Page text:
All N.S. homes should be accessible: study
The Atlantic Seniors Housing Research Alliance has released a study recommending all homes in the province be accessible for an aging population.
Donald Shiner lead the six-year study recommending all homes in the province be accessible.
Shiner, a business professor at Mount Saint Vincent University, said the current building codes should be changed to accommodate seniors or those with disabilities.
Shiner said people should think ahead about what they can do to prepare for their own senior years.
"Our housing stock has been built as if we were Peter Pan, you know, it's been built as if we'll never grow old or never get sick," said Shiner.
"If you build ... wider doorways, one wheelchair-accessible bathroom on the ground floor, one room on the ground floor that can be used as a bedroom if you do those things as you build the home, you're way ahead of the game."
According to the study, the senior population in the Maritimes is the highest in the country, and is projected to increase 86.3 per cent between 2007 and 2033.
"It was a six-year study which included detailed surveys of seniors and their needs, their expectations, how they lived — it gave us a lot of insight into seniors in Atlantic Canada and their homes and the problems they face," said Shiner.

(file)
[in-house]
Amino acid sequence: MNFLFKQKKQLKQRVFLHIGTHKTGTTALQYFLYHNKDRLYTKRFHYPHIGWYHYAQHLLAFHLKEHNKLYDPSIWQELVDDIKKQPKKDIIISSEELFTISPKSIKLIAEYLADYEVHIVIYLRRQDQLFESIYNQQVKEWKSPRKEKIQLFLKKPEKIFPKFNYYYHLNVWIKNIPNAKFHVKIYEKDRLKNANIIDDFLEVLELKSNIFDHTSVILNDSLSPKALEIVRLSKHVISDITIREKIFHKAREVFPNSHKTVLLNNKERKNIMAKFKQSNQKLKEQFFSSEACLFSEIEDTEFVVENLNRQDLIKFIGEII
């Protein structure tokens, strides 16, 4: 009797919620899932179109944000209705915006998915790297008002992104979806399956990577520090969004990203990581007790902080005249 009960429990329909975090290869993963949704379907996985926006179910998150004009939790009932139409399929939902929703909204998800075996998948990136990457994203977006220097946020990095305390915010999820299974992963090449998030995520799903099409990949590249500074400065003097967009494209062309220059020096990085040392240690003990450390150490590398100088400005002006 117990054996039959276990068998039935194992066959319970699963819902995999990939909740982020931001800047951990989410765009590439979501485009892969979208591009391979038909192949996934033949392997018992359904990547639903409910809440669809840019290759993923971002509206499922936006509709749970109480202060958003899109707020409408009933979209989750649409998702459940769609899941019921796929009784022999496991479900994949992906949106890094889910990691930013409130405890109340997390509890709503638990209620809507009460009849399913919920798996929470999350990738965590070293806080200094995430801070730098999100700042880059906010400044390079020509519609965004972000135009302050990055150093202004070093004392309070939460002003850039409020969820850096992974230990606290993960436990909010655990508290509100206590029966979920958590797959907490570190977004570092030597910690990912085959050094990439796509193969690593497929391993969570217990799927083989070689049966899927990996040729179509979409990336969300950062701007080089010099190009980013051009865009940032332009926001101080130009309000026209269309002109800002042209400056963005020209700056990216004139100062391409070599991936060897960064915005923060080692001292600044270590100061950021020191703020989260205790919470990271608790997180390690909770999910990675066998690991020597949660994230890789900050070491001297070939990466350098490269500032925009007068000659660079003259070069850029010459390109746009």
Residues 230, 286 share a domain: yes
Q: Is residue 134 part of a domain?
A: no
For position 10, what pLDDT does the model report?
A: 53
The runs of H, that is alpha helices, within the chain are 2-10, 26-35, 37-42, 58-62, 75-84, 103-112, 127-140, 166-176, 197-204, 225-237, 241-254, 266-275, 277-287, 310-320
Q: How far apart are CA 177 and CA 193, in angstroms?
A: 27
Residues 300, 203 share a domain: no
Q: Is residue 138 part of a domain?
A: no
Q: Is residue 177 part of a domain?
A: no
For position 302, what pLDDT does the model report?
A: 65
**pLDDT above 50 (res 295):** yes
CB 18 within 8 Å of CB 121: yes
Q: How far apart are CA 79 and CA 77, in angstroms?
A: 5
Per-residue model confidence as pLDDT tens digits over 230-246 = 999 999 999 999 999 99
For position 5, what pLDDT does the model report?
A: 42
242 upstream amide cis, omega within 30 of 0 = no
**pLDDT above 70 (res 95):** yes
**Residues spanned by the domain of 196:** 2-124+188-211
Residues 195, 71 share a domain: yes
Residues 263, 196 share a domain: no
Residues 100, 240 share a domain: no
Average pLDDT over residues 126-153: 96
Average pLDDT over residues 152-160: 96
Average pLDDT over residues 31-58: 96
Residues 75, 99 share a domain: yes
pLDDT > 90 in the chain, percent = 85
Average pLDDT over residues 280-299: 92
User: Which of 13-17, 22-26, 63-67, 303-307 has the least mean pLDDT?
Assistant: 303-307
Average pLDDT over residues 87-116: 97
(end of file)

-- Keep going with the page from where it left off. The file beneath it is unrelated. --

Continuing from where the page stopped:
Ten years ago, Shiner's elderly in-laws moved into his home.
"We were fortunate enough to be able to sit down with them and talk to them about putting an extension on our home."
Paul Pettipas, chief executive officer of the Nova Scotia Home Builders' Association, agrees homeowners have to think about their future.
"People have got to realize that even if they're a little younger, things could change for them, and it's not only aging, it could be an accident, or it could be an older member of your family coming to live with you."
Shiner said he spoke to federal, provincial and territorial ministers responsible for seniors last month about the study.
He also said he'd like to see a government rebate — much like environmental upgrades to homes — but to make homes accessible.
Shiner hopes his group's recommendations will get people thinking about housing for seniors.